Concussions are also common among soccer and basketball players, but they can happen to any athlete, Holaday said.
A couple of years ago, a cross-country runner suffered a head injury when a construction worker swung a board and hit the person in the head, Holaday said. In doubles tennis, two players could be moving toward the ball and collide into one another, he said.
"Let's be safe and [test] everyone; there's no harm in that," Holaday said.
Newport Harbor officials started testing athletes using ImPACT three years ago, beginning with football, boys and girls soccer and boys and girls water polo, Zimmerman said.
"The hope is identifying other sports where it's most likely a kid could have a concussion and test them," Zimmerman said.
He said it is important to not put "a kid at risk by participating again when a concussion could be a factor."
The ImPACT test is one part of a larger approach Laguna has taken to address sports injuries, both before and after they occur, said Smith-Coakley, whose clinic treats the U.S. women's water polo team.
For this season, Laguna purchased new football helmets with padding that is not directly connected to the helmet's shell, Brown said.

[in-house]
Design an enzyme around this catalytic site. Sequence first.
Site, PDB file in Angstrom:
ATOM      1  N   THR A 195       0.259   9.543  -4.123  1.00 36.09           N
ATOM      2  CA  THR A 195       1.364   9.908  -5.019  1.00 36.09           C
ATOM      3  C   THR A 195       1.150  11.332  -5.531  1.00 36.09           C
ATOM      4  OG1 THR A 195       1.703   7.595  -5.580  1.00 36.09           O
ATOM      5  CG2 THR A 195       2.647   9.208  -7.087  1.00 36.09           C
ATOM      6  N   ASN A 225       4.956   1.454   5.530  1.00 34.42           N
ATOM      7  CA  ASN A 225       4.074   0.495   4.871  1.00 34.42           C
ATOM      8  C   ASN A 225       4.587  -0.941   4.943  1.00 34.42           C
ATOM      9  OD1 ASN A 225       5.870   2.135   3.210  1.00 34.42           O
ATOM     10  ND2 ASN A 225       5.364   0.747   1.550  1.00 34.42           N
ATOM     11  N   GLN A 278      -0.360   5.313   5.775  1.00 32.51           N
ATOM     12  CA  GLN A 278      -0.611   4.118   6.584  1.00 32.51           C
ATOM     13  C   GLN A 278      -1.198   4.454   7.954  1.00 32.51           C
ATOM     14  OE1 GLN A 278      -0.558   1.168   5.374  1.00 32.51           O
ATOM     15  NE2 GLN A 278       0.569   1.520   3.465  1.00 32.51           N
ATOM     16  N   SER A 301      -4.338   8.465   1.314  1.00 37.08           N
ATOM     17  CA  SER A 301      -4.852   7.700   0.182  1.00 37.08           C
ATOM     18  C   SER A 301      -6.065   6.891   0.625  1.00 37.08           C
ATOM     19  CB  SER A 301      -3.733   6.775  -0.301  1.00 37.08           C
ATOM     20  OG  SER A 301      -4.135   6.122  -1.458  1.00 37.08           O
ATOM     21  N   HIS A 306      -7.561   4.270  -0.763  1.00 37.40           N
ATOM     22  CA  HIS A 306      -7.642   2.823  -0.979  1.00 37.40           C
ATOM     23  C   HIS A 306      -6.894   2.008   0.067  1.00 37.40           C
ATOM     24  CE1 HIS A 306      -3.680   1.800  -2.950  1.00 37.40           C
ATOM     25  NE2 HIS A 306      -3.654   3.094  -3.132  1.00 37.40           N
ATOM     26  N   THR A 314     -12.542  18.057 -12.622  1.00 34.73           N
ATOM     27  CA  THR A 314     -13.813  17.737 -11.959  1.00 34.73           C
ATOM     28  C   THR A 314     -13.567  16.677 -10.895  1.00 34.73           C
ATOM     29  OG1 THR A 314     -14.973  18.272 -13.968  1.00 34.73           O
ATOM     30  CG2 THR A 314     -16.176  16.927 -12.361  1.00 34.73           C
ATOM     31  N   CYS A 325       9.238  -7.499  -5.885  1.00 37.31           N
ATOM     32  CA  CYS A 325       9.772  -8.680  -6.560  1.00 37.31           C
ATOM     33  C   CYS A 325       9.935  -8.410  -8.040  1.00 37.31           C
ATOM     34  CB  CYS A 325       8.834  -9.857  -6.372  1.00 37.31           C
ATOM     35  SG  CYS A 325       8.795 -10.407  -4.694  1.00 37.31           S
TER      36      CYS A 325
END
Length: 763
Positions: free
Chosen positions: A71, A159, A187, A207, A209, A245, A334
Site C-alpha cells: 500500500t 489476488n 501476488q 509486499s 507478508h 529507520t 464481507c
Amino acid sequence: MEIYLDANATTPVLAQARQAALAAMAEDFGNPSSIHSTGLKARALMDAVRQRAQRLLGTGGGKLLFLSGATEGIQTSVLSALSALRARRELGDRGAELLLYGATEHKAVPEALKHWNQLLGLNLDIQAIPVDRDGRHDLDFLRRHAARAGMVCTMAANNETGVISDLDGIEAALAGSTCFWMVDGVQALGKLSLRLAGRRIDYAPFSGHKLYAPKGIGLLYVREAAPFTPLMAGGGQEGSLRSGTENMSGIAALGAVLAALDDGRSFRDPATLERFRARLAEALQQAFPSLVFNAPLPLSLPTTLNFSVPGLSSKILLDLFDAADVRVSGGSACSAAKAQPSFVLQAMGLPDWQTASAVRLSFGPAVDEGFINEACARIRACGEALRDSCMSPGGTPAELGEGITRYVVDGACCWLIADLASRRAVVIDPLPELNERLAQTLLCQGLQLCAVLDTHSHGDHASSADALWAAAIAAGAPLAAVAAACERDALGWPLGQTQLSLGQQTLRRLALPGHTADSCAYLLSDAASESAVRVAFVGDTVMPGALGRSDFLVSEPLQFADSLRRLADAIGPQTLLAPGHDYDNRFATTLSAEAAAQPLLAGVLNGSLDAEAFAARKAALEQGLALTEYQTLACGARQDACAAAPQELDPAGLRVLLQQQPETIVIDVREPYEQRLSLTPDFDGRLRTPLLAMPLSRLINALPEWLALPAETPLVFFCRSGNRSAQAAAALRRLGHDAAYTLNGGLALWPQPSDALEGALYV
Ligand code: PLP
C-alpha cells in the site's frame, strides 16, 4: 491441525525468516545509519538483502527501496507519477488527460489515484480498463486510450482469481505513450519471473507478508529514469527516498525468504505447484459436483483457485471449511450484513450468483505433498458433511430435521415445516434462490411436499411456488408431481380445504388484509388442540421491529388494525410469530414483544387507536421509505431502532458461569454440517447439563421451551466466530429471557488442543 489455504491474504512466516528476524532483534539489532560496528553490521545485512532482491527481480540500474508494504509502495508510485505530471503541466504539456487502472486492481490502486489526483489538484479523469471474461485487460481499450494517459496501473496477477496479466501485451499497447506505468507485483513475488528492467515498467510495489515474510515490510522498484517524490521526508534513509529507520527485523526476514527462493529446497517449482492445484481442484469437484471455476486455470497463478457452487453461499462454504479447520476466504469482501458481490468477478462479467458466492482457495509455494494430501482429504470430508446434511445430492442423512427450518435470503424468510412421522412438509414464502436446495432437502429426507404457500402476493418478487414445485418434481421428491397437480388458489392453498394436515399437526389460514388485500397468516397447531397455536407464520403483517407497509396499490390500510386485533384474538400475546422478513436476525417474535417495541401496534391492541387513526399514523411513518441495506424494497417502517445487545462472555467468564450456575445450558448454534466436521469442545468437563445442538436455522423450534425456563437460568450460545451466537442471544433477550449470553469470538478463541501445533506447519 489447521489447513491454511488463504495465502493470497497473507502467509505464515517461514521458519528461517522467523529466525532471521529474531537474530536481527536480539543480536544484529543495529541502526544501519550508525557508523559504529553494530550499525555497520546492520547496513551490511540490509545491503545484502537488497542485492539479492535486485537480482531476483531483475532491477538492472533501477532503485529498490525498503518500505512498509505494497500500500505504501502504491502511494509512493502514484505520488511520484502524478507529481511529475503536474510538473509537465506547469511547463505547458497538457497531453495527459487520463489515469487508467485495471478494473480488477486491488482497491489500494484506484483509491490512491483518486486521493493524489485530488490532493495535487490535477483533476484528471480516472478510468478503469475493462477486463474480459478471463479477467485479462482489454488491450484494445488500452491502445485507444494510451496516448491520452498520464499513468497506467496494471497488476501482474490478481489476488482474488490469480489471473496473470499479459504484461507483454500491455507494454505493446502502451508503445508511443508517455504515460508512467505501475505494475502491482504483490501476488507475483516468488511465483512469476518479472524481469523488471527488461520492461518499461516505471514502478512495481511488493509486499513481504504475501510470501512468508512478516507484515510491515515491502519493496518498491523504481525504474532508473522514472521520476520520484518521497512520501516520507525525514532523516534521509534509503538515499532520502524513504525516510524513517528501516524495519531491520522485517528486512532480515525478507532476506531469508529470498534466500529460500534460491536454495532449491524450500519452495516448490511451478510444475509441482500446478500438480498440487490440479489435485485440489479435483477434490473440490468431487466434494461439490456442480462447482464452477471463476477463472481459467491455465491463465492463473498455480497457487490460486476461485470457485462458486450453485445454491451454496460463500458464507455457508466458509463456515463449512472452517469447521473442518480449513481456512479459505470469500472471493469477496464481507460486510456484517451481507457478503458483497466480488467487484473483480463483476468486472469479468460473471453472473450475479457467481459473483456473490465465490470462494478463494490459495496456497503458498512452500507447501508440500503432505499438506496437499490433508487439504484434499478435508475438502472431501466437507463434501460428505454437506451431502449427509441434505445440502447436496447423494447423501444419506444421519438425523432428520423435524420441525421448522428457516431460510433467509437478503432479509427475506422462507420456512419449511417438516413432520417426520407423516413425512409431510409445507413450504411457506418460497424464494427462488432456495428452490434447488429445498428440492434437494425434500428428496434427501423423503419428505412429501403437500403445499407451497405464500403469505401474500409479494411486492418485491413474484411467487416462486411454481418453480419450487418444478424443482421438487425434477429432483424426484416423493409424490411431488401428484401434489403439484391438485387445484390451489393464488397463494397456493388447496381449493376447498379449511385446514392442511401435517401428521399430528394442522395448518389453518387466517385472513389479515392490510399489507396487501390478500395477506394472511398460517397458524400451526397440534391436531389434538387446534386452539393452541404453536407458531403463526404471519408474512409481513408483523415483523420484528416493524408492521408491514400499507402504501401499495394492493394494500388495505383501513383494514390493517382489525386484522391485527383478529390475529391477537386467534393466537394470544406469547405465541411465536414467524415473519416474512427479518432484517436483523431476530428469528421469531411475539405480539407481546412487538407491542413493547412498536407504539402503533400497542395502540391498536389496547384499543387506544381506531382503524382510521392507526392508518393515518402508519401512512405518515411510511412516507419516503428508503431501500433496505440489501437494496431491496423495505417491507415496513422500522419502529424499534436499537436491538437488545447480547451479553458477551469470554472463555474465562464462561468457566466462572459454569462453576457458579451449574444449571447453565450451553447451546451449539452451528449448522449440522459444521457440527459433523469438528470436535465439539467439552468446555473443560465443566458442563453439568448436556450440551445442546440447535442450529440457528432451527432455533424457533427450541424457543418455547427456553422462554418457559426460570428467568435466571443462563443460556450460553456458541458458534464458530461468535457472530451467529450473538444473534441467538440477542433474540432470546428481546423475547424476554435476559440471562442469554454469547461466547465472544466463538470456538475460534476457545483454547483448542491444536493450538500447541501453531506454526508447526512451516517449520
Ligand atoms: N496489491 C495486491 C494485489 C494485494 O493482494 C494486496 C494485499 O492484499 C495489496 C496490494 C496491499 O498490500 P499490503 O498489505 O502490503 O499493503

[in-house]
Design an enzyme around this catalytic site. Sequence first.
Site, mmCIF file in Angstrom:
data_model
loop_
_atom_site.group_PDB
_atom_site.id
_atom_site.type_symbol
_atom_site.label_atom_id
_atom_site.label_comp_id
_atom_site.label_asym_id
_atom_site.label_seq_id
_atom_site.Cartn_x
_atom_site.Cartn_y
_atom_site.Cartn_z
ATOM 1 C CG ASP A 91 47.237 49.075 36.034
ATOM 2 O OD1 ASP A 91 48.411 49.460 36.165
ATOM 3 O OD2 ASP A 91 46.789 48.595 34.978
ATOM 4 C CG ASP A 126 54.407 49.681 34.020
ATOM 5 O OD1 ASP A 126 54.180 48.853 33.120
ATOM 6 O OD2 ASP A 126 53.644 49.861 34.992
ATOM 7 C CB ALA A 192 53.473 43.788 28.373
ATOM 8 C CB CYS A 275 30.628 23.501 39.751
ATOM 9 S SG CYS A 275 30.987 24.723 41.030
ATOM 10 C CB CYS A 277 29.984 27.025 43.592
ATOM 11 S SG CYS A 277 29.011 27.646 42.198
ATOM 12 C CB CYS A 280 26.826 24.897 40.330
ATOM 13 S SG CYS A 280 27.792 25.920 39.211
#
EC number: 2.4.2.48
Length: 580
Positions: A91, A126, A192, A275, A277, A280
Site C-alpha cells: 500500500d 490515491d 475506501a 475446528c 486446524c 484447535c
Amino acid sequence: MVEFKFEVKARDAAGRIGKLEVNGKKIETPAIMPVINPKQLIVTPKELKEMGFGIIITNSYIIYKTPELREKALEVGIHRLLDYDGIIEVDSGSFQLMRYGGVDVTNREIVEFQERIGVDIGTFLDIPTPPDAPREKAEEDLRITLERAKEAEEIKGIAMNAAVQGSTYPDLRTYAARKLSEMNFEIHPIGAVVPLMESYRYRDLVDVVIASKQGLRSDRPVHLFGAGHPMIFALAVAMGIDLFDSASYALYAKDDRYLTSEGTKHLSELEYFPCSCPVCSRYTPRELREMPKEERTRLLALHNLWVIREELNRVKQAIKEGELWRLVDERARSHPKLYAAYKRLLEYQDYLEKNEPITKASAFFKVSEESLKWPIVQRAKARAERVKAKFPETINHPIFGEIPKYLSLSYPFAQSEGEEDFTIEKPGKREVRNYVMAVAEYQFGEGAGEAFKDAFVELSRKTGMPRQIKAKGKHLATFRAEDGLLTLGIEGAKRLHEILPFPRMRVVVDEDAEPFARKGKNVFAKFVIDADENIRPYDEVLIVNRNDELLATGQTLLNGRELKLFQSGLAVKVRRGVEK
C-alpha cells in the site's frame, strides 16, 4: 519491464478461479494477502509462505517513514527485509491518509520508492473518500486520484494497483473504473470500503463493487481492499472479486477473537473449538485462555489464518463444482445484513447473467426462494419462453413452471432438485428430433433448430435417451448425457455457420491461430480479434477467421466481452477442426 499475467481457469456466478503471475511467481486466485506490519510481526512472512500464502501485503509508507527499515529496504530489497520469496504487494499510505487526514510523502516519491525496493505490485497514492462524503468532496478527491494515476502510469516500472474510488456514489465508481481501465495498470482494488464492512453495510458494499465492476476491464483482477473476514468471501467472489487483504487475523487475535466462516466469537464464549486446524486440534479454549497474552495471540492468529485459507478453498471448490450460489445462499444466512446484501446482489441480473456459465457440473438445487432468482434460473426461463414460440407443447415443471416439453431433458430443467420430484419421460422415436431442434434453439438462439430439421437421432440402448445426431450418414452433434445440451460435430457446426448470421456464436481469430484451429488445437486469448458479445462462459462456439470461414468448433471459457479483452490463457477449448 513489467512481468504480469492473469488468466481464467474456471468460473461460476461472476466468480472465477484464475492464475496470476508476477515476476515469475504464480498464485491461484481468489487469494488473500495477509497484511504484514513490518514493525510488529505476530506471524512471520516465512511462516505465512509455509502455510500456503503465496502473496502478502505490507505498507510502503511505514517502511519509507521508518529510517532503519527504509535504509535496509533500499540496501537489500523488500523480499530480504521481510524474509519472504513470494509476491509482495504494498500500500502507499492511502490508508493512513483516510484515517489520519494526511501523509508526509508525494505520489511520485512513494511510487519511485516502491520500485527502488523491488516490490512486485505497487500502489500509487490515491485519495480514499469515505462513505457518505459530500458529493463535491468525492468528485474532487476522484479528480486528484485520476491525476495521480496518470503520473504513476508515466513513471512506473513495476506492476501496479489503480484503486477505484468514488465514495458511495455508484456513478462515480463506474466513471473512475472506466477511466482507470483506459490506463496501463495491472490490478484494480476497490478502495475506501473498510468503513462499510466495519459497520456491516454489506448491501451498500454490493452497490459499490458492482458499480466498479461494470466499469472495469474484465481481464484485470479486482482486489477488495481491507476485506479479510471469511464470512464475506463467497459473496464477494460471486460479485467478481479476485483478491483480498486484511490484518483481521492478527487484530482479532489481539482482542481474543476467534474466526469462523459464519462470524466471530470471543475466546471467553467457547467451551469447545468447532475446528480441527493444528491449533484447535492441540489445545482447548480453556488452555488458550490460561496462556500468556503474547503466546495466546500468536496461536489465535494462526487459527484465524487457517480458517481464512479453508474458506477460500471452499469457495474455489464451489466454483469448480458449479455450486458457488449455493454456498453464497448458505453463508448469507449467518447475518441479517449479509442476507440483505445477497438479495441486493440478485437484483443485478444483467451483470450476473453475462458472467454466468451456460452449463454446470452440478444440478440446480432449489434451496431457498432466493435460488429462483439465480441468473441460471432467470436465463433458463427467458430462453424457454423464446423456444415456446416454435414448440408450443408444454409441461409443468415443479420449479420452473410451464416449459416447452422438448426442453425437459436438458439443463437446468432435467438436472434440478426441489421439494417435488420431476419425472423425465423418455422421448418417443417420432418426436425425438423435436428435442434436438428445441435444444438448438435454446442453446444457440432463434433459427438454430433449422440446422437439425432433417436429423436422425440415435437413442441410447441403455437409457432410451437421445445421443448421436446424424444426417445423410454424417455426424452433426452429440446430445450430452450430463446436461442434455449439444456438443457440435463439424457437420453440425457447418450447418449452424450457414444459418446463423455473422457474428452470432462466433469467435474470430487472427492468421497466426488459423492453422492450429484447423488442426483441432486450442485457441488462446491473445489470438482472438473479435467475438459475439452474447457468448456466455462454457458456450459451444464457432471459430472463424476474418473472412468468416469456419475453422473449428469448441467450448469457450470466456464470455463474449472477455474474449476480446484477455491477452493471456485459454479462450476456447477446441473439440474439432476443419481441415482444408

"It's like a bonnet ... or shocks on your car," Brown said. "If you take a hit to the helmet, the helmet moves," not the head.
Communication between trainers, doctors and parents is critical, Smith-Coakley said.
"Laguna has physicians volunteering on a consulting basis [for all sports] to speak to the athletic trainer via cellphone or by text," Smith-Coakley said. "There's full communication if something happens on the field."
Younger athletes are particularly vulnerable to consequences from a hit to the head, sports agent Leigh Steinberg wrote in an October 2012 Daily Pilot column.
"Youthful brains are still in the process of formation and can potentially be impacted for life by a serious blow," said Steinberg, who held several conferences on concussions in Newport Beach during the 1990s. "It takes the teenage brain much longer to recover from a concussion."